News 12 First at Five / Monday, Oct. 29, 2012
AUGUSTA, Ga. -- Another attempt to reach an agreement between the TEE Center and the City of Augusta has failed.
Commissioners were trying to reach an agreement by Monday with Paul Simon, who is expecting to operate the Trade, Exhibit and Events Center in downtown Augusta.
Simon said previously if an agreement was not reached by Monday, he would cancel the Georgia Chiefs of Police Convention scheduled for January.
The organization will now seek to be released from its contract with the TEE Center due to the failed bargaining attempt.
"At this point in time, I have directed the training director of our association to look for another venue site," said Frank V. Rotondo, executive director of the Georgia Association of Chiefs of Police. "Unless an agreement can be reached today, we will proceed further and choose another venue site."
Commissioners are going to set up a work session to figure out their next step.
"Why are we building these things and saying they are not supposed to make money?" questioned community activist Lori Davis. "Who decided that?"
Davis raised a stink on social media. The convention center is expected lose more than $900,000 in the first year. If you think that stinks, the first group to book the center just bailed out.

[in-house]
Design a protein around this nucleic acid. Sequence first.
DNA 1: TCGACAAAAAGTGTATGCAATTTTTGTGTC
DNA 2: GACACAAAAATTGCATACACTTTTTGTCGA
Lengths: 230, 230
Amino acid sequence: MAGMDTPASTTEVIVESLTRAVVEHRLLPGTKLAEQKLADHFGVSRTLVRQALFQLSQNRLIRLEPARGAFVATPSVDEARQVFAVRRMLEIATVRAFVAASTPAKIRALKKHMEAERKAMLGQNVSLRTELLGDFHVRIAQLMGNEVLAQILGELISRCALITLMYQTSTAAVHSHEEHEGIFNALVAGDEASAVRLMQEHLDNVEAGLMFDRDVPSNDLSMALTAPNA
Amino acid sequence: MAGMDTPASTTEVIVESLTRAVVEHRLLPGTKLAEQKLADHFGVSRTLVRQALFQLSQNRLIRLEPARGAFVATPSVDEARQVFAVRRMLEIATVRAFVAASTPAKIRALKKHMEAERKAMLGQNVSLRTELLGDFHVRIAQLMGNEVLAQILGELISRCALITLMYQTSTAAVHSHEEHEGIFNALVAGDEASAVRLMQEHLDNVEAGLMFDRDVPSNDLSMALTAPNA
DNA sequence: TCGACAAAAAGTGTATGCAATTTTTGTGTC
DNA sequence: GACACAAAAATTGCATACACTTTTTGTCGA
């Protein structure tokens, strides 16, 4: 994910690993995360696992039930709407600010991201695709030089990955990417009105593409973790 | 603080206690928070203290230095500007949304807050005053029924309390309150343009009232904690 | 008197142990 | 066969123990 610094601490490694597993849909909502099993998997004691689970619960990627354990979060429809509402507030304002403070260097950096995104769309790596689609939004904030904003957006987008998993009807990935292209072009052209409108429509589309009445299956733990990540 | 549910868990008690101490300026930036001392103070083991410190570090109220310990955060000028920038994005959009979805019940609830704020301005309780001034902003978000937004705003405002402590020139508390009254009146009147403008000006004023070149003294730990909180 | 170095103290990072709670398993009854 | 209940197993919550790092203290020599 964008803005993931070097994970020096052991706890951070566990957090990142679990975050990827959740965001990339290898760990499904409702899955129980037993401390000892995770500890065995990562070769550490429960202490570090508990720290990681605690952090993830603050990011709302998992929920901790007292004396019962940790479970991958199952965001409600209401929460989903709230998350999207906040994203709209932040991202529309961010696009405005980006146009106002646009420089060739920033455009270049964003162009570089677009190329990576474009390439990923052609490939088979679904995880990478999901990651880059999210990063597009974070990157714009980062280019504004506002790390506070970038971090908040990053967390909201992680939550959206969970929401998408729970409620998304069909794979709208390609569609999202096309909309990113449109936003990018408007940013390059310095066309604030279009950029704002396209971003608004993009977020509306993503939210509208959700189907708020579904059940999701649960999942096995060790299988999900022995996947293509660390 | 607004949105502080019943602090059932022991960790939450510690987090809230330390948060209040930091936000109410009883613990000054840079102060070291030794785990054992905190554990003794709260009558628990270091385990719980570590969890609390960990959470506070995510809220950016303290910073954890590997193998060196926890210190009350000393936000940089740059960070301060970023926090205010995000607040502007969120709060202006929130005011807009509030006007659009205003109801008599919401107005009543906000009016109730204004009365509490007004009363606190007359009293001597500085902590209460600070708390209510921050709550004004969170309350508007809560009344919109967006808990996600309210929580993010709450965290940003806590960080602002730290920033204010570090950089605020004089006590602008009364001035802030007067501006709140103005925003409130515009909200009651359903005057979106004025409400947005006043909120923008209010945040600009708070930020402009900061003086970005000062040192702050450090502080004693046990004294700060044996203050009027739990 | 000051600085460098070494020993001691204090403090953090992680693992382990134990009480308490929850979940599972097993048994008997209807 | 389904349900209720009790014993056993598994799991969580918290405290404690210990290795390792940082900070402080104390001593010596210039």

"I'm moving on," said Rotondo, who plans to take his 650 guests elsewhere. "People will ask us what happened. We'll be glad to tell them what happened and be very truthful and honest."
Rotondo says he expected some bumps in the first year. That is why he signed up two years. The Augusta Convention Center just lost a two-year deal.
"Today it's the police chiefs. Who will it be tomorrow?" questioned Mayor Deke Copenhaver who is less than pleased. "It's just ridiculous that we've been going through this months and months and months and still no agreement."
The delay forced the Georgia Police Chiefs to look for a new venue.
"How do you feel about this whole process?" we asked Rotondo.
"Absolutely nobody contacted us," he replied.
The failed deal has some city leaders calling for the city administrator to step down.
"I do believe the administrator and the outside council that are handling this should either remove themselves from this or they should resign because they are not doing what they are getting paid to do," said Commissioner Bill Lockett.
"Do you agree? we asked City Administrator Fred Russell.
"Nope," he replied. "That's just the reality of it ... typical Augusta."
One of the issues centers around bonuses for workers at a center expected to lose close to $1 million in the first year.
"The everyday person can say something is wrong with this," said Davis, who is convinced fanning the funk on this deal could save taxpayers millions in the end.
"You let taxes be raised to pay for million dollar losses every year and you are going to see a lot more citizen involvement," Davis said.
That expected workshop could come as early as Wednesday.